This up-to-the-minute store scrutinises current attitudes and urban trends with an anthropologist’s eye and questions the way we live now. What’s the meaning of our evolving behaviours? Is there a pattern to our habits? If so, is it any different in Tokyo or London? Are there any inspirational objects or customs there we could use here?
The store is constantly fine-tuning its selections, highlighting trends to reflect its set of beliefs. The result is a game of to and fro between the fleeting and the lasting, played out to entertain visitors from near and far. Merci is a catalyst of the age, seeking out and introducing an array of bold concepts and fresh solutions to its home-like space .
Beauty alone isn’t enough, things need to be useful as well, function is essential. We would rather be guided and inspired by the ever-changing trends in the world than by the inevitable sameness of seasonal collections. Merci casts a careful eye on ordinary daily life and tries, as best it can, to make it extra-ordinary, one day at a time.
A kitchen whose cupboards are overflowing with old-fashioned crockery, a cosy dining room piled high with old-fashioned knick-knacks, a closet with clothes that have stood the test of time... At once comforting and inspiring, our grandmothers' homes are like trunks full of nostalgic treasures..
To pay tribute to them, Merci has created its new exhibition, "At my grandma's"
The store's teams have compiled everything that makes up the charm of our grandmothers' homes, with tenderness and kindness.Their passion for crocheting and sewing, the clothes they cared for with the idea of passing them on, their beauty secrets, their taste for objects that last... As a result, Merci's dome is a showcase for vintage pieces and contemporary creations, designed to add a touch of soul or a retro wink to your interior and your dressing room.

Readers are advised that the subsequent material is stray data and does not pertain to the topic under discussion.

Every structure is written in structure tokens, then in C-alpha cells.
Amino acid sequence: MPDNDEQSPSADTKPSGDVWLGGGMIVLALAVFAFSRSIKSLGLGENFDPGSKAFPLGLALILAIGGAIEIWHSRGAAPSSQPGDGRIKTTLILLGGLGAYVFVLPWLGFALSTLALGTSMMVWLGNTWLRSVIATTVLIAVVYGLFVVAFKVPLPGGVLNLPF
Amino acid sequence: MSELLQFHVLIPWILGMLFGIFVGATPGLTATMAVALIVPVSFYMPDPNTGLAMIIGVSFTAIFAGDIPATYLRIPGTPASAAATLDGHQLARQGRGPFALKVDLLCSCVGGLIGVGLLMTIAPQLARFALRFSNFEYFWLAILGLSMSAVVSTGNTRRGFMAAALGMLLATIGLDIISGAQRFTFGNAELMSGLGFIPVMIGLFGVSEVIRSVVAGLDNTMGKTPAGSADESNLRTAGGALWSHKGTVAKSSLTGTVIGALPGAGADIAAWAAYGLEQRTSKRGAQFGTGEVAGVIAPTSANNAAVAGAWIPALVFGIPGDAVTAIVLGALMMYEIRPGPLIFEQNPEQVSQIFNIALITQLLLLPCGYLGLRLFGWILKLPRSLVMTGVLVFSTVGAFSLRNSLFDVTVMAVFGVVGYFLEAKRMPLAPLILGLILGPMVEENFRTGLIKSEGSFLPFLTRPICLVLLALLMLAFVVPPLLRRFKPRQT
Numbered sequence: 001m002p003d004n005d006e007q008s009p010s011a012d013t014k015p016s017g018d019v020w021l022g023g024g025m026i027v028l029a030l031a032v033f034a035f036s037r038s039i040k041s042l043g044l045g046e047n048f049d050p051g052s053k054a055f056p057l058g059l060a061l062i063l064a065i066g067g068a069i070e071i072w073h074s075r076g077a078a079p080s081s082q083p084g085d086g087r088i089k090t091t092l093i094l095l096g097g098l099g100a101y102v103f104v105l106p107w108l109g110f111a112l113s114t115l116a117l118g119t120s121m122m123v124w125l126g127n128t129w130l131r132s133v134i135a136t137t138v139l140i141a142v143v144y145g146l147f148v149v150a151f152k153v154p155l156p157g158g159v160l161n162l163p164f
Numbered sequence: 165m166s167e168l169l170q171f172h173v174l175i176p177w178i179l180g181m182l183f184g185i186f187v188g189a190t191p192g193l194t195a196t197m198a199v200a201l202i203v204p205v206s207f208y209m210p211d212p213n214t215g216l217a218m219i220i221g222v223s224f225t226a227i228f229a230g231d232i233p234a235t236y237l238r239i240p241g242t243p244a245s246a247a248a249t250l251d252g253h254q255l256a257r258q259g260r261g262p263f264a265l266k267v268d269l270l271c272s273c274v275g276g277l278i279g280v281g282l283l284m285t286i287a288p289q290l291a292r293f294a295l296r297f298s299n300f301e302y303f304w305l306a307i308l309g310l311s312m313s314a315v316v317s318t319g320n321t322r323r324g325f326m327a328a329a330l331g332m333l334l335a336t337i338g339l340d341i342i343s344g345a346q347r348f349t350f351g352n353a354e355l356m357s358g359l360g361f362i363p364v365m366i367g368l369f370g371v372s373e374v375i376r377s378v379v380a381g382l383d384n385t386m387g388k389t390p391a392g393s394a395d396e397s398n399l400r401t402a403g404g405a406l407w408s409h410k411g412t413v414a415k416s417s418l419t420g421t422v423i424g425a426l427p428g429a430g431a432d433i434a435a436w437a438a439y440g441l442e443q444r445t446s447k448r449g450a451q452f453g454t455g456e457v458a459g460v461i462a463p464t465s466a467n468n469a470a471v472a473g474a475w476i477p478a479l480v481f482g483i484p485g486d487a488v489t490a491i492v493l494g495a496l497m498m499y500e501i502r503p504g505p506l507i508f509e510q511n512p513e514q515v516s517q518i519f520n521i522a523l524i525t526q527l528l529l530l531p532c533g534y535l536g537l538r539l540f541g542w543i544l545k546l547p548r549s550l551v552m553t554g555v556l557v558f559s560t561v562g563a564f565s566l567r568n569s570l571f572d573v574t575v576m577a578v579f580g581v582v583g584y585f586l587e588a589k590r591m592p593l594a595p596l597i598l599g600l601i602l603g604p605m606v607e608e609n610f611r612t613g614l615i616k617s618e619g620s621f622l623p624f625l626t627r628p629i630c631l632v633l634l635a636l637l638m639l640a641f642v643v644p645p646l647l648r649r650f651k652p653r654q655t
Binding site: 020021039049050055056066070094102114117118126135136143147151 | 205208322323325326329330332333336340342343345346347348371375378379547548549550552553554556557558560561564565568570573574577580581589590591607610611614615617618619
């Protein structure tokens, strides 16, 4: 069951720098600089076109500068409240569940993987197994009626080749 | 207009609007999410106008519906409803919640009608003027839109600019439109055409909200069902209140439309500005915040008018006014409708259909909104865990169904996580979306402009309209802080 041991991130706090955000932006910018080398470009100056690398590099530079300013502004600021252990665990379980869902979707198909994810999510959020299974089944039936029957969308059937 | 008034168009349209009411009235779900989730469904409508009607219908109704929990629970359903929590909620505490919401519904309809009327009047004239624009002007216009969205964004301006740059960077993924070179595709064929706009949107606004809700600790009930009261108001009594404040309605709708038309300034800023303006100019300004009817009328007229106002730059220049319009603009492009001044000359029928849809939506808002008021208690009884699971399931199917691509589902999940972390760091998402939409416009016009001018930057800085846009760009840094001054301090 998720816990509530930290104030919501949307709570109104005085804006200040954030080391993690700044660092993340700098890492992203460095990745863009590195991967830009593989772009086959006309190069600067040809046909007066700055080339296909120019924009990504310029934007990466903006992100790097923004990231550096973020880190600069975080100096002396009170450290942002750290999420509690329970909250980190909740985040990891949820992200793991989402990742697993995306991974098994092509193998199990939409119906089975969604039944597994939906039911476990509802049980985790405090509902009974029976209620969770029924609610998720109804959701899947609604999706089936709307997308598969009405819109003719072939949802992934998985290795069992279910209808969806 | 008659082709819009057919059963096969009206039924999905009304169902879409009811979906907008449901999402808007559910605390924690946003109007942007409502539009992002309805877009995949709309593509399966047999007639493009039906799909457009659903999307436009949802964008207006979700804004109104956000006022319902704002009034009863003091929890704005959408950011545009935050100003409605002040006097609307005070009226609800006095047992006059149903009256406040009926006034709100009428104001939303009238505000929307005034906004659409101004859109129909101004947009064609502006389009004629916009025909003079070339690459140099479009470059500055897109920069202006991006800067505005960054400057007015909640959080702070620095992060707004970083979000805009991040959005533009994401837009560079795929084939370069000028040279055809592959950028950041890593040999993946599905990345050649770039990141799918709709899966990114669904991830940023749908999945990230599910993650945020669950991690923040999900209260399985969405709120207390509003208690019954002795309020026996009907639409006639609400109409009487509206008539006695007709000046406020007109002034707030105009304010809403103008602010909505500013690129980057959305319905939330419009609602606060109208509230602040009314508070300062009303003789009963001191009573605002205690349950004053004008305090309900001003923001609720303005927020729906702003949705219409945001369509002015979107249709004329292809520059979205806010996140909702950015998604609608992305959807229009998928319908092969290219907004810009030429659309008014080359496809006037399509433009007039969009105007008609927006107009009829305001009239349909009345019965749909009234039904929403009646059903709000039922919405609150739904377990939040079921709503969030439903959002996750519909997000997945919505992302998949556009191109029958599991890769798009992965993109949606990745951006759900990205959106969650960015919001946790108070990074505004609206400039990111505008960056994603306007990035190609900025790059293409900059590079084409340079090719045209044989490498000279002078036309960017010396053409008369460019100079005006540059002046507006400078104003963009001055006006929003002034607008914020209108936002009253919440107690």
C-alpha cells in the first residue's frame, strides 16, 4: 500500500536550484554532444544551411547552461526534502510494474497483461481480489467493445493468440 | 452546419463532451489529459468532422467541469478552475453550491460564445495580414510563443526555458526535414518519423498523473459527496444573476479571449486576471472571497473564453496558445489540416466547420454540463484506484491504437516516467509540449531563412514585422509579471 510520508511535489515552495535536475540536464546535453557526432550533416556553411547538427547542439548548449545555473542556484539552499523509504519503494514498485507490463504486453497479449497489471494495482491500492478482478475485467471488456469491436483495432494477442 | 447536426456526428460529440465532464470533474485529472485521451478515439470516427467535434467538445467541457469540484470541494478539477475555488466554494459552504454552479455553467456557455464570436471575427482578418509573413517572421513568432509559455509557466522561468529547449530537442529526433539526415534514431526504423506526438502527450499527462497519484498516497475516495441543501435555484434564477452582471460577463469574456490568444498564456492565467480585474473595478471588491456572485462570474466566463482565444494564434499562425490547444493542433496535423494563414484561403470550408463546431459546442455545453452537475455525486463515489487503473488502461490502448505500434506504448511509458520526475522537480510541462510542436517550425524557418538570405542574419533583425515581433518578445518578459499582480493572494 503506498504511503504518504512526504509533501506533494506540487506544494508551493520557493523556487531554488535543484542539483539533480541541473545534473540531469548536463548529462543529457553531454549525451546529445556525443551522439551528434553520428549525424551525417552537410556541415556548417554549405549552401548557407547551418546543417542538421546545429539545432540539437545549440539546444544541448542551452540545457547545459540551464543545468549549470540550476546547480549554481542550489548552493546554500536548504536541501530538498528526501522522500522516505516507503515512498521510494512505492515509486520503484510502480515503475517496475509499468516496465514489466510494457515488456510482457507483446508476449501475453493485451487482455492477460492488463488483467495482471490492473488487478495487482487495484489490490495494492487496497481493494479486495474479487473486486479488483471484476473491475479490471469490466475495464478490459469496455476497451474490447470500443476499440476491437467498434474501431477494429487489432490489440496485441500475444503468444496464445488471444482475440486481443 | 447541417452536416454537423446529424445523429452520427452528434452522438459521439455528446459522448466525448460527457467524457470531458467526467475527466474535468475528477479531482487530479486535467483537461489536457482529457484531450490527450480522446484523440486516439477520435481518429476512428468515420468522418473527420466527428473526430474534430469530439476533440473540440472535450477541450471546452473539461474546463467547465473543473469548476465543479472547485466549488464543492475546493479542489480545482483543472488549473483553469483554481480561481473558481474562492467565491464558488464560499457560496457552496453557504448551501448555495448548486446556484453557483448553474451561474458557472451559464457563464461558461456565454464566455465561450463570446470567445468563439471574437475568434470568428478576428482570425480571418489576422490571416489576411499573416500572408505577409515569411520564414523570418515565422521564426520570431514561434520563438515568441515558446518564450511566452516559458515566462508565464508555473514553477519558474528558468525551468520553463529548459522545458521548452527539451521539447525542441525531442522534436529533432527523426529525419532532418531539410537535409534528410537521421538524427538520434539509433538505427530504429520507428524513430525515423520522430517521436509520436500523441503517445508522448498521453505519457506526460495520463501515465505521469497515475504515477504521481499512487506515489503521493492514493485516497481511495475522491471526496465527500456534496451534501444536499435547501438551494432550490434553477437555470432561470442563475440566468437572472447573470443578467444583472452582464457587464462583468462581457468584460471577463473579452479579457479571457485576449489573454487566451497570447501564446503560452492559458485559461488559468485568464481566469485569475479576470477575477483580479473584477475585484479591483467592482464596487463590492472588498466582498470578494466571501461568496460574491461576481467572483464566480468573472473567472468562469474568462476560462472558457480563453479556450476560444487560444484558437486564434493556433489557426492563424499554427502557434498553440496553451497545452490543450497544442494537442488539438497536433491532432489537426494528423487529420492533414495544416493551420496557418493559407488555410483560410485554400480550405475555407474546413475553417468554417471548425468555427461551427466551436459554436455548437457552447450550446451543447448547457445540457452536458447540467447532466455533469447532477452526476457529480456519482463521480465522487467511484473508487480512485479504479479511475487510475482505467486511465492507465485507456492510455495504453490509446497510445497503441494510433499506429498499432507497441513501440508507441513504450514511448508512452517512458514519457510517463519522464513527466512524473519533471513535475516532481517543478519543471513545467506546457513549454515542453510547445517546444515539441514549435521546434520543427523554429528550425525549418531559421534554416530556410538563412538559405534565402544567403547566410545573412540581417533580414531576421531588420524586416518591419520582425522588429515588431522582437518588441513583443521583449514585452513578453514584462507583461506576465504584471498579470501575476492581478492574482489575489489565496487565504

The store is run with strong editorial influences, just like a magazine. It presents a view of society – almost a manifesto – which reflects what it cares about. In its back-to-basics approach, Merci combines a deep respect for handmade objects and small producers with references to popular culture in an effort to combat a uniform idea of luxury which is imposed upon us – one that is often ostentatious and lacking in emotion. At Merci, we say goodbye to the coordinated outfit, one-size-fits-all décor and beauty without utility. In short, anything that doesn’t make our heart race, stir our emotions or tell a story. Merci’s approach is one of personal luxury – standalone luxury – which can be found in the beautiful details of everyday life. This luxury is not created by frenzied mood board activity but is created through the living of life, with all its flaws and moments of transcendence. Merci values personal luxuries - the secret ones you find in the beautiful details of everyday life, the kind of luxury that can’t be described on busy mood boards, the luxury of living your life, with all its pleasures and tribulations.
Designed to be welcoming rather than intimidating, based around conviviality and pleasure, more than a store, Merci is a haven of warmth and life. It is a consciously chosen destination, a place to go for its unique atmosphere and the pleasurable experience it offers. A surprising concept in a surprising place..
Merci set up home in a 19th-century building formerly occupied by a firm making furnishing fabrics and wallpapers. Occupying the entire building, this unique store resembles a large house. Even the window displays are in fact filled by cafés.
Offering a sensitive and responsible art of living in keeping with the times, this is the raison d’être of the store at 111 boulevard Beaumarchais.